Well drilling brings fresh water, gospel message

Well drilling brings fresh water, gospel message

 

SENEGAL - A team of well drillers led by Rev. Tim Eby, the Nazarene Church's district superintendent in Senegal, has touched the lives of thousands of people in West Africa by bringing a fresh water source and the message of Jesus Christ to thirsty villages.

 

 

The well-drilling ministry, EmmanuWell Ministries Africa, has drilled about 12 wells in Senegal over the past two years. The wells are funded by individual donors, churches from various denominations, and The Christian Broadcasting Network.

 

 

"This is a region of the world that only receives a very small percentage of rain every year. We're lucky to get two months of rain out the year," Rev. Eby said. "Most of the villages either have a poor source of water or no source. They're traveling long distances just to get water to survive on."

  

 

In 2004, only 64 percent of rural Senegalese had access to safe drinking water, according to the United Nations Development Programme. Several organizations have been working to bring that number up.

 

  

The change that fresh water brings to a community is enormous, Eby said. People contract fewer illnesses; young girls' days are no longer consumed by hours-long treks to retrieve water; the well-being of the village dramatically increases, he said. (Photo: Community members in Sangé, Senegal, line up to fill buckets at the well.)

  

 

But for Eby and his crew, the wells are about more than just physical health. The group is also concerned about the thirst in people's souls.

 

 

"The power of the wells is that bringing fresh water brings you the chance to tell somebody about the Living Water. And ultimately their thirst, which is physical and very real, pales in comparison to their spiritual thirst," Eby said. "They live in fear and darkness. ... We offer hope and light in a place that is full of darkness and hopelessness."

 

 

 

(Photo: Rev. Tim Eby prayers with the community at a village in Senegal where a new well was drilled.)

 

Eby told a story of when the crew was drilling in a village where witchcraft was prevalent. It was the first time they were using a large, high-tech well-drilling machine called the Hydra-Fab. Each time the crew drilled, something went wrong. Chains broke. Sand caved in and buried the drill. Time and time again, the group drilled unsuccessfully.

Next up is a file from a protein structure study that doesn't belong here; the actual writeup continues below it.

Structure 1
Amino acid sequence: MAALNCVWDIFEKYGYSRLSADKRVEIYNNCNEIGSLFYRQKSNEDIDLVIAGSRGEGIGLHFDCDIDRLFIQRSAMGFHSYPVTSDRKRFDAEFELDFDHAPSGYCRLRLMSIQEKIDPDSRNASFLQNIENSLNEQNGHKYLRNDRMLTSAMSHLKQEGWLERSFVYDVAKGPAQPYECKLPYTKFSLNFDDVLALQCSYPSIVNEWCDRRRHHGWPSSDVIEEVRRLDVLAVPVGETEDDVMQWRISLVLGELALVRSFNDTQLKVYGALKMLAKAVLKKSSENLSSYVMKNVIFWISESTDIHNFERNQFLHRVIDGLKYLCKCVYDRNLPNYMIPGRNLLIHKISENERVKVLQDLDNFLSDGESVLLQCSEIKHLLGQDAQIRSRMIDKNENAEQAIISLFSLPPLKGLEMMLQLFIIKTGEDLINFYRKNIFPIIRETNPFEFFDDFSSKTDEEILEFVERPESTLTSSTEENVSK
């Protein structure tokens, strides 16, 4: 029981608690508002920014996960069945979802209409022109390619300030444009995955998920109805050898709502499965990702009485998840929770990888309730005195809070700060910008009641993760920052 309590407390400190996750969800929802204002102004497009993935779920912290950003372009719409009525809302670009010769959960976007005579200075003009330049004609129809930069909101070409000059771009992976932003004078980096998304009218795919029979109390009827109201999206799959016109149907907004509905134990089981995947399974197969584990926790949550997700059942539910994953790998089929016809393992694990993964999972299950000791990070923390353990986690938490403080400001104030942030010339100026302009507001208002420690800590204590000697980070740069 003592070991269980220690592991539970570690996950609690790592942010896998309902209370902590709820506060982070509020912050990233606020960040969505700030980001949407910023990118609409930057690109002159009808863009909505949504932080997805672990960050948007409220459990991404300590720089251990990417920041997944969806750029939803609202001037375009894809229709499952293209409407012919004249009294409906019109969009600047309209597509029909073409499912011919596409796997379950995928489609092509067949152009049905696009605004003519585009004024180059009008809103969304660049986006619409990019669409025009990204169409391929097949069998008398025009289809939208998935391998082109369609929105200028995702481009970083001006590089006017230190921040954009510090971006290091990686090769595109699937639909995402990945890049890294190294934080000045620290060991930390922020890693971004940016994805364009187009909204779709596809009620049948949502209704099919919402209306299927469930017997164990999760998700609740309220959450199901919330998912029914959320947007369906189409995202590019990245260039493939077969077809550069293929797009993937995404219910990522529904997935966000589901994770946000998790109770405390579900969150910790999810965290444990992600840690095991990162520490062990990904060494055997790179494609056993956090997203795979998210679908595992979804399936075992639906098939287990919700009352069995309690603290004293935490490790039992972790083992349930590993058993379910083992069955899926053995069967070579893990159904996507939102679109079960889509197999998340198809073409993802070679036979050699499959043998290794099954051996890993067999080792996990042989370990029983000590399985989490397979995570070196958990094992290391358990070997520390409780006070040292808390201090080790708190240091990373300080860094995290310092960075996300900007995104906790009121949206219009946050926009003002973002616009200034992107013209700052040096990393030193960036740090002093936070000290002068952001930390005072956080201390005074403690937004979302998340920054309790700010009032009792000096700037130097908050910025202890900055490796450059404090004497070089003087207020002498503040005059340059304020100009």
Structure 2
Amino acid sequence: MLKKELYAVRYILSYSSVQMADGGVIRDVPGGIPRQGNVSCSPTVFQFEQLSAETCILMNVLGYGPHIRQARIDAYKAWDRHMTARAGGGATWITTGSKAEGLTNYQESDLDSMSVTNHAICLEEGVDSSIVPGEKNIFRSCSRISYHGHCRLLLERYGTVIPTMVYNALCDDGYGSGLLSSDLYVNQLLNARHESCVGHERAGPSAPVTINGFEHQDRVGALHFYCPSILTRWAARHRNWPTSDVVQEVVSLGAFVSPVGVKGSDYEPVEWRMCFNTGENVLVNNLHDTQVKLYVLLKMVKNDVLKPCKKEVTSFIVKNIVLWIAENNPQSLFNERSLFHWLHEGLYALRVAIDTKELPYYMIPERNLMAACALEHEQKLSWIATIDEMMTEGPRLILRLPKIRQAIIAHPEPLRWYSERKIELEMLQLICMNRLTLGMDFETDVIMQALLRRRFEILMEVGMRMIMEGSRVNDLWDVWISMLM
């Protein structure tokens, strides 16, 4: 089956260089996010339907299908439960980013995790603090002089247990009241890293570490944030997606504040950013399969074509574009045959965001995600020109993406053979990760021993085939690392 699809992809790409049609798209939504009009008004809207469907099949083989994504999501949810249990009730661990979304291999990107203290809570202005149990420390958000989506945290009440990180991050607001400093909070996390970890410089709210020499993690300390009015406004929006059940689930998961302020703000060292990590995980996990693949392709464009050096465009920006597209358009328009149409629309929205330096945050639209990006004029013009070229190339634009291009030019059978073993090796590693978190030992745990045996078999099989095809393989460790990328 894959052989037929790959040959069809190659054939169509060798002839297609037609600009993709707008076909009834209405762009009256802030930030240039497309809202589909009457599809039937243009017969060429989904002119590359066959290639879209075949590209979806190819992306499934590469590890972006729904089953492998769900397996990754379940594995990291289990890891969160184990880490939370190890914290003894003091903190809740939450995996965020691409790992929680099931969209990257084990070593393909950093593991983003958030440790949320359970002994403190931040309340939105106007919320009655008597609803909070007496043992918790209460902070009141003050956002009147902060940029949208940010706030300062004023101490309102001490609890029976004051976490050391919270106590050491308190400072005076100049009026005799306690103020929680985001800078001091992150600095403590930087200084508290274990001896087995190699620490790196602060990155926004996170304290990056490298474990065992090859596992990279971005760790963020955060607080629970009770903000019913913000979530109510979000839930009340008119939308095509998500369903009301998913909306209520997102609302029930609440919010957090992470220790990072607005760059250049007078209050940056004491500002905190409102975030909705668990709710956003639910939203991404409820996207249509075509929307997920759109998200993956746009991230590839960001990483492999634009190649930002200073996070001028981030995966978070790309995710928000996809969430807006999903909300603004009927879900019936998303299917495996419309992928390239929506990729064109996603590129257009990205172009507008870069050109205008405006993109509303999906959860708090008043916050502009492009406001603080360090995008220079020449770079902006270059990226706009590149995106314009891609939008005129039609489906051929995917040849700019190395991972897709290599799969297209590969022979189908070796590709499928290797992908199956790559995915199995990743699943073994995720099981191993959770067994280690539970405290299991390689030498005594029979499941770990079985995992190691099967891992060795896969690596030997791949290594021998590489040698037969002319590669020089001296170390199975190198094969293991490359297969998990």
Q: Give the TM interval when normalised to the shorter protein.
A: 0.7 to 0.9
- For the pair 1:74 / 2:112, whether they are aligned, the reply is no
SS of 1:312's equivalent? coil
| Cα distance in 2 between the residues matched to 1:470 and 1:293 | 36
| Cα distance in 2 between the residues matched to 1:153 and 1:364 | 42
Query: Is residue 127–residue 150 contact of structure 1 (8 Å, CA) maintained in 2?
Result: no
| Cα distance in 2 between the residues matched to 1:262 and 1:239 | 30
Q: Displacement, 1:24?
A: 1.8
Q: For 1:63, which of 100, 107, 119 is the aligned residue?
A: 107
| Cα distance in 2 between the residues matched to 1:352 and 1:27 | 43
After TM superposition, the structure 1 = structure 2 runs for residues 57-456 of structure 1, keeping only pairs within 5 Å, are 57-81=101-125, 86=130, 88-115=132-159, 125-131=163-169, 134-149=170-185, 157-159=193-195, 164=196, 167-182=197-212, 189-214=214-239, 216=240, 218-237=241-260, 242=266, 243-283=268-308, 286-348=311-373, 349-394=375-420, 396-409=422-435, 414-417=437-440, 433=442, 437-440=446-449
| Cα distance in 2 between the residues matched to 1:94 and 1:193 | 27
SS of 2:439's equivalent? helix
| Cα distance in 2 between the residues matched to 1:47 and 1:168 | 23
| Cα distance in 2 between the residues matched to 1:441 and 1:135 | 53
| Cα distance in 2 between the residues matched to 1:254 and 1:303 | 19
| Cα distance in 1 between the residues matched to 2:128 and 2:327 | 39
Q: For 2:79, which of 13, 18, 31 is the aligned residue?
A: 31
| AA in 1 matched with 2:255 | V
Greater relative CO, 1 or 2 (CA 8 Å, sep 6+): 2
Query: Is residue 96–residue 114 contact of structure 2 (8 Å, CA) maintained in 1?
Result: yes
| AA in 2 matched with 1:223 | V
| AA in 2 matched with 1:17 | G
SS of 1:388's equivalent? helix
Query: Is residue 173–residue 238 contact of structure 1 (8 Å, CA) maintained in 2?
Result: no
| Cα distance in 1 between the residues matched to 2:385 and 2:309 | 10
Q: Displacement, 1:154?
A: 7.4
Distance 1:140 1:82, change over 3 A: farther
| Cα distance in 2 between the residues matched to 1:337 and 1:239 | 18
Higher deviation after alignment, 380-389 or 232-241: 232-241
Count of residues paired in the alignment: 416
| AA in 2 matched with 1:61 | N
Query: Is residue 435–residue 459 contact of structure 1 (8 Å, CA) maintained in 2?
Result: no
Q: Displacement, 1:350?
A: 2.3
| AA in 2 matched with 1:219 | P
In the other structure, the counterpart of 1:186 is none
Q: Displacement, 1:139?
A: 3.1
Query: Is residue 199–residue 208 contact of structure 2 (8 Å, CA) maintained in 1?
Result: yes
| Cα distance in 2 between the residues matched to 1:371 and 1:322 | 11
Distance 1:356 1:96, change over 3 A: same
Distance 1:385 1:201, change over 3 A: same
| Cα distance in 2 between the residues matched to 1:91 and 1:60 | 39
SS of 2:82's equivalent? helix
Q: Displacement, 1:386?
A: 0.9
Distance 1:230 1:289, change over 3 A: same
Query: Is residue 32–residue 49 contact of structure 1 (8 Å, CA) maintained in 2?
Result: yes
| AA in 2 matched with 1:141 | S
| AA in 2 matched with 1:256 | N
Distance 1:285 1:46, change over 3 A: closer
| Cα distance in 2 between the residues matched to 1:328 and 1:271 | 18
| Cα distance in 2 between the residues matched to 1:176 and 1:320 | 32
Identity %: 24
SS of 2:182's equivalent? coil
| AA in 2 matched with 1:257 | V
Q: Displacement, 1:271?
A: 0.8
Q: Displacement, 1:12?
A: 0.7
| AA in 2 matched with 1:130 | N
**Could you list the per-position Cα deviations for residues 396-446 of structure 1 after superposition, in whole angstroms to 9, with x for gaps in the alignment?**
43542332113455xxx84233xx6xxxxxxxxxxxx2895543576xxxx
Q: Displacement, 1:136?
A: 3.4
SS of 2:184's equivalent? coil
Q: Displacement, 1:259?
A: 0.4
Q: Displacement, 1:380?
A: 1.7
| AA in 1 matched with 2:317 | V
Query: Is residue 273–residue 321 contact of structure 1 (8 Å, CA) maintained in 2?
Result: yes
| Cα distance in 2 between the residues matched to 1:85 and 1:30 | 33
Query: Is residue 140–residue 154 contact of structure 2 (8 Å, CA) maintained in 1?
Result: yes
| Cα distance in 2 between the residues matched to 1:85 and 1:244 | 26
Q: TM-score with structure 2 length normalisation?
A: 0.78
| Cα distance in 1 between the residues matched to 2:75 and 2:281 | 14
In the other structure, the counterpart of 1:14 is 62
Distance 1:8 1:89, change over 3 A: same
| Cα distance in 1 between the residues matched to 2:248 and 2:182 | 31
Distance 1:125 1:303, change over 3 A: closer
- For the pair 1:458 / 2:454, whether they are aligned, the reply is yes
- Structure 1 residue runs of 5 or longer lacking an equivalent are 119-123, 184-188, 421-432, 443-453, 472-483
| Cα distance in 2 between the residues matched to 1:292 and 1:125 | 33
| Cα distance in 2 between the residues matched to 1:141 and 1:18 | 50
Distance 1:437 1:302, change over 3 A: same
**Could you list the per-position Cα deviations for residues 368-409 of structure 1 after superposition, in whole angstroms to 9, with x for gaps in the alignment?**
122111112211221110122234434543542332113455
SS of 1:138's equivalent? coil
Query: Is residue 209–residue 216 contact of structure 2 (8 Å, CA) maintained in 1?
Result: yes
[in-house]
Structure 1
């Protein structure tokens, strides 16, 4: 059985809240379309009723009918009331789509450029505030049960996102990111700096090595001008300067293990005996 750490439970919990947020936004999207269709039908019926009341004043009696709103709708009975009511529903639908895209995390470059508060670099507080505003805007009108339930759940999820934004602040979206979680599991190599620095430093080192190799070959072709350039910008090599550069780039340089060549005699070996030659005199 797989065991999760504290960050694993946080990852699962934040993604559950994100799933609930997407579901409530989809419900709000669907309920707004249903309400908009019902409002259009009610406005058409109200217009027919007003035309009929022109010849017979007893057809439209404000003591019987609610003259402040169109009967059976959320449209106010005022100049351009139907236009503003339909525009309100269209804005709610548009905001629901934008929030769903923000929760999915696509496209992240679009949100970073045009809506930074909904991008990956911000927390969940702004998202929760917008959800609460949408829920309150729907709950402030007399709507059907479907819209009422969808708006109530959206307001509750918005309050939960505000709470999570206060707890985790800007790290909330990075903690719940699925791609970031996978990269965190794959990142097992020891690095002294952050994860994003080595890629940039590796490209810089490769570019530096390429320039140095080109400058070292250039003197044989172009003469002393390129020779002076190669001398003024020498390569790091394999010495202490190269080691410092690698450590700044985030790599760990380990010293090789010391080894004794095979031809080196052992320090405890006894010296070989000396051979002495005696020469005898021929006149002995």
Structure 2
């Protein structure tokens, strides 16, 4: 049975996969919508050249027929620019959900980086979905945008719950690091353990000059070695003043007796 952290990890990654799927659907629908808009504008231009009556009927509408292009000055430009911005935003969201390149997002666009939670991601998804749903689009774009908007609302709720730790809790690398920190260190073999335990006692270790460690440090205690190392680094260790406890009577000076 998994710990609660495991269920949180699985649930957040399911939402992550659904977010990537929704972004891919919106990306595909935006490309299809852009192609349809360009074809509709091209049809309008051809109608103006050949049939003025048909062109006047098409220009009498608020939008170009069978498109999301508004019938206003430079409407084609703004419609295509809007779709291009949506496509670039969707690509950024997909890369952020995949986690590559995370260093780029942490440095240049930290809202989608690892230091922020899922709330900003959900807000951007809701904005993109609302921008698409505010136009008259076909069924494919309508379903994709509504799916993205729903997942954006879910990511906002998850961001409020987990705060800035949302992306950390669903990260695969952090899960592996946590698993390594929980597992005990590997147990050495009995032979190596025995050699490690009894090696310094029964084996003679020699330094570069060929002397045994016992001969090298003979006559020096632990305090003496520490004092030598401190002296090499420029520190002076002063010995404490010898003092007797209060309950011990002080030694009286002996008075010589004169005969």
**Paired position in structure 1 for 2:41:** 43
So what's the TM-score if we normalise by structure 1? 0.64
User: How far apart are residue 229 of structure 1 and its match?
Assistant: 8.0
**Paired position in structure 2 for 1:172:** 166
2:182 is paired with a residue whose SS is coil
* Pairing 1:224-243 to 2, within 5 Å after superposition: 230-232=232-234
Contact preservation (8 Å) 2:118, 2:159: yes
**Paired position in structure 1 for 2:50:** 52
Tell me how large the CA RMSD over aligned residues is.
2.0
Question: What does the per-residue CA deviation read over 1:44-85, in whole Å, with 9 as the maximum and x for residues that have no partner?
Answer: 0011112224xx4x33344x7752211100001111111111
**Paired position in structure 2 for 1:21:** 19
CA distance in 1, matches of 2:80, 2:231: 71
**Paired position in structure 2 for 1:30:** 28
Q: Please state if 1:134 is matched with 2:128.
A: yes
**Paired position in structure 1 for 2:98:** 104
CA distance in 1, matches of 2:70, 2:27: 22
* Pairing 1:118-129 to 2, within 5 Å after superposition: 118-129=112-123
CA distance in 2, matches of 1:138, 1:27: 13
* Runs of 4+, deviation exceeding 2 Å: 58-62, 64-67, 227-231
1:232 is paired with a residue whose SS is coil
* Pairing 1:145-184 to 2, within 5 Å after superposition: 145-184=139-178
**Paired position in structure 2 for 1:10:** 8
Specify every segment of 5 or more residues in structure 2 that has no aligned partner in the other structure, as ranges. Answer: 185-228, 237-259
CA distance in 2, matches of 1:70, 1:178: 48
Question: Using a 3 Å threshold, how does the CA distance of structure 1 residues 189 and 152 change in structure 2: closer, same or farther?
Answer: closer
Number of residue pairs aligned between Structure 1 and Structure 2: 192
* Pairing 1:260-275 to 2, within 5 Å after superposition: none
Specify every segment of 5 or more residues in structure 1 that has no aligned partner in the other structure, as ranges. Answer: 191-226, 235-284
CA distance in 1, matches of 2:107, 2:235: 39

"It was one of the greatest spiritual battles that I had ever had," Eby said.

  

A grandmother in the village asked them to stop drilling, saying every time they did, she heard screaming.

 

"I told the team, 'This machine is not making any noise. It's the fact that we're drilling in the devil's back yard,'" Eby said. "'If we succeed here, then we're going to prove that Christ is more powerful than Satan's attacks.'"

 

On the seventh try, the group succeeded. The grandmother eventually came to the Christian leaders, who were also reaching out to the children in the village, and said, "I need to be delivered," according to Eby. They prayed for her for several hours until she testified about having freedom from the voices that had haunted her.

   

"You look at this lady's face, and she is totally different," Eby said. "From her victory, we had 27 people come to Christ and were baptized, and we started a church there."

 

The village of about 2,000 people gave the Nazarene Church land for a building, Eby said. He hopes that a new building will be paid for through an agricultural project that the church is launching in Senegal called the Joseph Project.

 

 

"We're hoping that out of the agriculture project, when we sell the crops we'll have enough money to build a church," he said. "We can't wait for money to come from the outside to build a local church. We have to get the resources from within."

  

The work of EmmanuWell is expanding from Senegal to other parts of West Africa to improve access to water and share the gospel message.

 

"It's pretty hard to preach the Gospel without meeting the need. And the physical and the spiritual need are both there, so you can't meet one without the other," Eby said. "Our goal is not just to put a well in an area but to help the community to be transformed physically and spiritually. And with that testimony, village after village, we hope to win them for Christ.

 

 

(Photo: The chief of the Ndofane village smiles aswater pours from the new well. Photos courtesy of Tim Eby.)


 

ABOUT THE WELLS

Well depth: 18 to 30 meters (60 to 100 feet)
Typical cost to drill a well:
$2,000, which covers materials (roughly $500), transport and wages. That does not include the initial investment in well-drilling equipment, which can cost upwards of $15,000.

The Hydra-Fab drilling machine was donated to EmmanuWell Ministries by an American pastor after he visited West Africa. The wells are funded by private donations and partnerships with churches and with The Christian Broadcasting Network. A shallower well dug with a hand system costs about $500.

Contact: To learn more, email Rev. Tim Eby.

 

NEW WELL OPENS DOOR FOR NEW CHURCH


Submitted by Rev. Daniel Gomis, Field Strategy Coordinator, Africa West Field


Rev. Joseph Tiendrebeogo, the district superintendent of the Church of the Nazarene in Burkina Faso, shares the following story of a new well's impact:

 

"In the village of Vipalogo, located 50 kilometers from Ouagadougou, the capital city of Burkina Faso in the Sahel zone, we dug a well and a church was planted. A member of the neighboring village of Lougsi expressed the need of clean water in their community. This village had a reputation of being very resistant to the Gospel, and there was no church despite many JESUS Film showings and outreaches.
However, the promise of clean water opened their heart, and they asked us to send a pastor. One week later, Pastor Nikiema was sent and a church of 17 members was started. Praise be to the Lord."